Notice Great Hotel Details
Irwin Weiner - With autumn upon us, are you sharing "what I did on my summer vacation" stories with your friends and neighbors? I had a memorable summer trip to Italy - as readers of Design2Share already know - and came back wiser design-wise.
It's always important to travel. It broadens taste, gets one out of a rut and comfort zone, and exposes the traveler to new ideas. It's vital for homeowners and interior designers to get first-hand exposure to fresh ideas and decorating inspiration. It is far better than reading the pages of a shelter magazine or browsing photos online. You have to walk up to and touch a detail like a finely carved door, a beautiful set of draperies, or astounding molding.
One of the splurges I made on this trip to Italy was to stay at classic 5-star hotels. I particularly liked the Hotel Principe Di Savoia in Milan. It's a grand hotel done in simple, yet ornate "Liberty" style architecture. The interior design reflects the Lombardy warmth of the 19th century.
The rooms had been decorated recently and expensively, and they contained details that made my eyes go wide. I've filmed some videos which we'll be releasing shortly, but for now I'd like to share a few photos. The drapes had the most fabric and interlining I've ever seen. They gave me lots of ideas for my clients.
Add some sound-and-light-absorbing batting between curtain layers to provide true blackout effectiveness in a bedroom, and use this thicker covering in place of the usual sheers or roller shades. (There's nothing worse than waking up to sunlight shining in your eyes.) Make the outer curtains as full as a petticoat and add glamorous tie-backs to swag and display the fabric to maximum puffy advantage. Have the drapes just dance above the floor or slightly puddle. Extend the length up the wall as high as you can for dramatic vertical effect, adding molding above and below the window to heighten the casing, if needed.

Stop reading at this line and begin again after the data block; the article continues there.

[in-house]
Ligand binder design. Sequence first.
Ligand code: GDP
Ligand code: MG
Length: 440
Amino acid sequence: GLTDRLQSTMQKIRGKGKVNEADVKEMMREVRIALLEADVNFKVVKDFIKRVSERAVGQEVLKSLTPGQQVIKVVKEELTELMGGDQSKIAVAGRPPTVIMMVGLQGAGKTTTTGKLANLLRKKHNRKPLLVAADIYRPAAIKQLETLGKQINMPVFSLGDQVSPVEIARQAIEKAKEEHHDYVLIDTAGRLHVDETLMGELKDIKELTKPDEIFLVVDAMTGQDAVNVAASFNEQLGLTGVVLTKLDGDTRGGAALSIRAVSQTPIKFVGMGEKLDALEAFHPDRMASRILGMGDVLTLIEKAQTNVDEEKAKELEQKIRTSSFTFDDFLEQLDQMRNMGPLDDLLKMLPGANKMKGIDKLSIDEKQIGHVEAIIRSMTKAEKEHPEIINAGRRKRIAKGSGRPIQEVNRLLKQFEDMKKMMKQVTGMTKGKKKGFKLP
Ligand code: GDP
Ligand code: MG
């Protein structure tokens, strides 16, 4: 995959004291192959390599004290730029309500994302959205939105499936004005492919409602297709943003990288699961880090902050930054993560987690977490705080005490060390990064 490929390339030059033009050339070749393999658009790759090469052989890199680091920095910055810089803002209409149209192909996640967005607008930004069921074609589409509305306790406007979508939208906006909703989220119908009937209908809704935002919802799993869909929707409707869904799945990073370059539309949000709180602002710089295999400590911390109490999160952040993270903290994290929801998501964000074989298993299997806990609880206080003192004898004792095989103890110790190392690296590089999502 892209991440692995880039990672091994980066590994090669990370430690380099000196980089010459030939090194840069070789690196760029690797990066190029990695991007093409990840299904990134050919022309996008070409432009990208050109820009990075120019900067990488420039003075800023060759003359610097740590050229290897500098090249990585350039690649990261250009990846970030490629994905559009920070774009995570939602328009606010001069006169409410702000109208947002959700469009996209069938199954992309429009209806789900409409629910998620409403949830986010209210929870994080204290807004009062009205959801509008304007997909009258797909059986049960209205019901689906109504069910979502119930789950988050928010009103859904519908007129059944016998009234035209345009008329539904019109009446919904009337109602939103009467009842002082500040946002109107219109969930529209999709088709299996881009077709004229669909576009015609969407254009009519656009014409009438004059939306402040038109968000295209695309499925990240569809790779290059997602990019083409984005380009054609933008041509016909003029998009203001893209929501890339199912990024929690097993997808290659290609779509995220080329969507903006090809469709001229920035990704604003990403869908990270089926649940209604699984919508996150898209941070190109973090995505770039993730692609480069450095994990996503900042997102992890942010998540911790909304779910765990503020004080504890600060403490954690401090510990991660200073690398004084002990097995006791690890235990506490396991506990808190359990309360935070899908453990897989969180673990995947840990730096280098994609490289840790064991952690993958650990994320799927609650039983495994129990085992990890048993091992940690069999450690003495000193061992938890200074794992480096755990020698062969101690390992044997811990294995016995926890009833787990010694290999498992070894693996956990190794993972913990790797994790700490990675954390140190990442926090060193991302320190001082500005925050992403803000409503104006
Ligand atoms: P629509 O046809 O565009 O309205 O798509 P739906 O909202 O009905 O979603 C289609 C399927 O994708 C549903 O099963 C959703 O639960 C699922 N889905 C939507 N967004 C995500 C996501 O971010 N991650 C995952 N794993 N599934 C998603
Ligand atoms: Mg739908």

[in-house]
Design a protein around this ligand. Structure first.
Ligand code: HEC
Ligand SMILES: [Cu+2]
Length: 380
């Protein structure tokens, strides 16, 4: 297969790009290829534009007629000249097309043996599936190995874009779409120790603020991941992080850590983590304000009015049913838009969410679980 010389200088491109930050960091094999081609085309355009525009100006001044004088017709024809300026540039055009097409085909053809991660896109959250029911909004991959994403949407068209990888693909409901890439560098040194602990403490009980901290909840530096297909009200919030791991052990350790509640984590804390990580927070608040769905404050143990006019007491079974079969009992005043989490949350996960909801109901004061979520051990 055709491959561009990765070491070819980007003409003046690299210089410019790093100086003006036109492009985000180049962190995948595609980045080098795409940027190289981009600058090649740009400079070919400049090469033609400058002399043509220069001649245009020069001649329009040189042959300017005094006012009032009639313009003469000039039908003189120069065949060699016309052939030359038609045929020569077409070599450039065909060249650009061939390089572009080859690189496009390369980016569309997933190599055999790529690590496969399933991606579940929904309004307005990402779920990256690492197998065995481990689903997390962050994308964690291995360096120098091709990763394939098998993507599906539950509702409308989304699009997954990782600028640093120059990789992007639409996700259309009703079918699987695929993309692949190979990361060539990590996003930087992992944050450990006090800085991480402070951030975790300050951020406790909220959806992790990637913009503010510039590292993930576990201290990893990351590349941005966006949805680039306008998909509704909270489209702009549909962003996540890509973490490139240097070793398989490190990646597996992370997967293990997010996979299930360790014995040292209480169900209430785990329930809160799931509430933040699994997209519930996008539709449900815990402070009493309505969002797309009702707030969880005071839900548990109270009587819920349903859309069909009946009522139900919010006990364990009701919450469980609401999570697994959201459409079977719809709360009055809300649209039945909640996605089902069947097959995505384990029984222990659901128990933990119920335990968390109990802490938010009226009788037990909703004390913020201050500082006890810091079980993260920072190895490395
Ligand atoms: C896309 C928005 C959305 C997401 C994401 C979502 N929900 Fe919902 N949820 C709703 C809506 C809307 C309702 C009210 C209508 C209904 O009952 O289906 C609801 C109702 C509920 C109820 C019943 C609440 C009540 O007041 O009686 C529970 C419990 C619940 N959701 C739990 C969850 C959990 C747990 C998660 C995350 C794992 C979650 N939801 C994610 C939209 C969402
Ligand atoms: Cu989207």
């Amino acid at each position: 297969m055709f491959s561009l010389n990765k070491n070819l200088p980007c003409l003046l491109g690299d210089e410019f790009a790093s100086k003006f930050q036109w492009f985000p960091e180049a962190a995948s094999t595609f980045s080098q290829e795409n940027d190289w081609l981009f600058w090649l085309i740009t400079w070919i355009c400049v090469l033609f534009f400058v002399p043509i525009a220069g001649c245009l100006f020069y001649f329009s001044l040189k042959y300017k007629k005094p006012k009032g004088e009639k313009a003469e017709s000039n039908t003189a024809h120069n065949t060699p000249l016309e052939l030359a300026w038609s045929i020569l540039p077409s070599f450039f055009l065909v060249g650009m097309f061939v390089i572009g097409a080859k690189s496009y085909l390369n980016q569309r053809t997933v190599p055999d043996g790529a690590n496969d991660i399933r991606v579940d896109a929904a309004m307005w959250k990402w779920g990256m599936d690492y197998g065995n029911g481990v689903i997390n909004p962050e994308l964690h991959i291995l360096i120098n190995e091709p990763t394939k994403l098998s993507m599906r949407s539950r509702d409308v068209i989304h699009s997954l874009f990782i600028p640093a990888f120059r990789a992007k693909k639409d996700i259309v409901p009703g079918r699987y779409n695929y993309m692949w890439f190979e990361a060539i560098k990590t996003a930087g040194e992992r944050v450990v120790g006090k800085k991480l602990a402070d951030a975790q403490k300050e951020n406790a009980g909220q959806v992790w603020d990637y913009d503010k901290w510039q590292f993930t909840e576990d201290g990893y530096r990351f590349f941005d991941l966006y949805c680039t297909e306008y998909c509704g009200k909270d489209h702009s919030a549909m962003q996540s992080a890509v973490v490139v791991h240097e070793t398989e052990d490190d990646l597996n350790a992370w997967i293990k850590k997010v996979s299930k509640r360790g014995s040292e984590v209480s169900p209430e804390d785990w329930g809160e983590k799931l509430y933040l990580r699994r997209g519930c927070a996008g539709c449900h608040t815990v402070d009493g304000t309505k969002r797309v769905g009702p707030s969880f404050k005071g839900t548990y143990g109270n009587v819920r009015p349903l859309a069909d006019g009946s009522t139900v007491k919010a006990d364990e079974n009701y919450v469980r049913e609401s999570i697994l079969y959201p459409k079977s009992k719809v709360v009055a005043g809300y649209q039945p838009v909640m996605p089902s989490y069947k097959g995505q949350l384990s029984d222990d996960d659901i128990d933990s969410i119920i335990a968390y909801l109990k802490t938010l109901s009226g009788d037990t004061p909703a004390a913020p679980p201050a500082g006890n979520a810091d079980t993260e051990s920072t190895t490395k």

I also noted the woodwork and molding, the marquetry in the furniture, and other details in our hotel room. I took photos. I took videos. I made sketches. And someday I just might use some of these great hotel details in my house or in a client's project. So travel broadly, stay in beautiful hotels, and notice what details draw you in; try to replicate them in your home to bring back lovely memories.